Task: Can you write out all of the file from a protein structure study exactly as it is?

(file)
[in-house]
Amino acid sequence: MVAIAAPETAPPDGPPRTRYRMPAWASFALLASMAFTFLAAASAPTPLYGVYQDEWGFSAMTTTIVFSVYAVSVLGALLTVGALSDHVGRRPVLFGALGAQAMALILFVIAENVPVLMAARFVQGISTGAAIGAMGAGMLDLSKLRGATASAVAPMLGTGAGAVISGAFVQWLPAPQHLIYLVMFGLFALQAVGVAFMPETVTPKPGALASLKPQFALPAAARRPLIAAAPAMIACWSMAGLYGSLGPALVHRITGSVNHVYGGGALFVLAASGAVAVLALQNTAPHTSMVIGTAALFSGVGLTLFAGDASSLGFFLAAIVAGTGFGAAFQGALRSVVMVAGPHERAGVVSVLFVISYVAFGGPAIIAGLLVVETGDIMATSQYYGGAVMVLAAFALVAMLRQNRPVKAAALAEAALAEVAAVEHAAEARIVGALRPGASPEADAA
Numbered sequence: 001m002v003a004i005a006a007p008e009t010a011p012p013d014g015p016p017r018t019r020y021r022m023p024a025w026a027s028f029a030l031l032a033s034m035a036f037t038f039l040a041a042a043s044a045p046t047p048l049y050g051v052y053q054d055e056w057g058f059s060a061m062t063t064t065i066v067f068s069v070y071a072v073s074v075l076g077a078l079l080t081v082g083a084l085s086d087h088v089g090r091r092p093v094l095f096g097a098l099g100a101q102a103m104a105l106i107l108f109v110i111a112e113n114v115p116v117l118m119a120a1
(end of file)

[in-house]
Amino acid sequence: MVAIAAPETAPPDGPPRTRYRMPAWASFALLASMAFTFLAAASAPTPLYGVYQDEWGFSAMTTTIVFSVYAVSVLGALLTVGALSDHVGRRPVLFGALGAQAMALILFVIAENVPVLMAARFVQGISTGAAIGAMGAGMLDLSKLRGATASAVAPMLGTGAGAVISGAFVQWLPAPQHLIYLVMFGLFALQAVGVAFMPETVTPKPGALASLKPQFALPAAARRPLIAAAPAMIACWSMAGLYGSLGPALVHRITGSVNHVYGGGALFVLAASGAVAVLALQNTAPHTSMVIGTAALFSGVGLTLFAGDASSLGFFLAAIVAGTGFGAAFQGALRSVVMVAGPHERAGVVSVLFVISYVAFGGPAIIAGLLVVETGDIMATSQYYGGAVMVLAAFALVAMLRQNRPVKAAALAEAALAEVAAVEHAAEARIVGALRPGASPEADAA
Numbered sequence: 001m002v003a004i005a006a007p008e009t010a011p012p013d014g015p016p017r018t019r020y021r022m023p024a025w026a027s028f029a030l031l032a033s034m035a036f037t038f039l040a041a042a043s044a045p046t047p048l049y050g051v052y053q054d055e056w057g058f059s060a061m062t063t064t065i066v067f068s069v070y071a072v073s074v075l076g077a078l079l080t081v082g083a084l085s086d087h088v089g090r091r092p093v094l095f096g097a098l099g100a101q102a103m104a105l106i107l108f109v110i111a112e113n114v115p116v117l118m119a120a1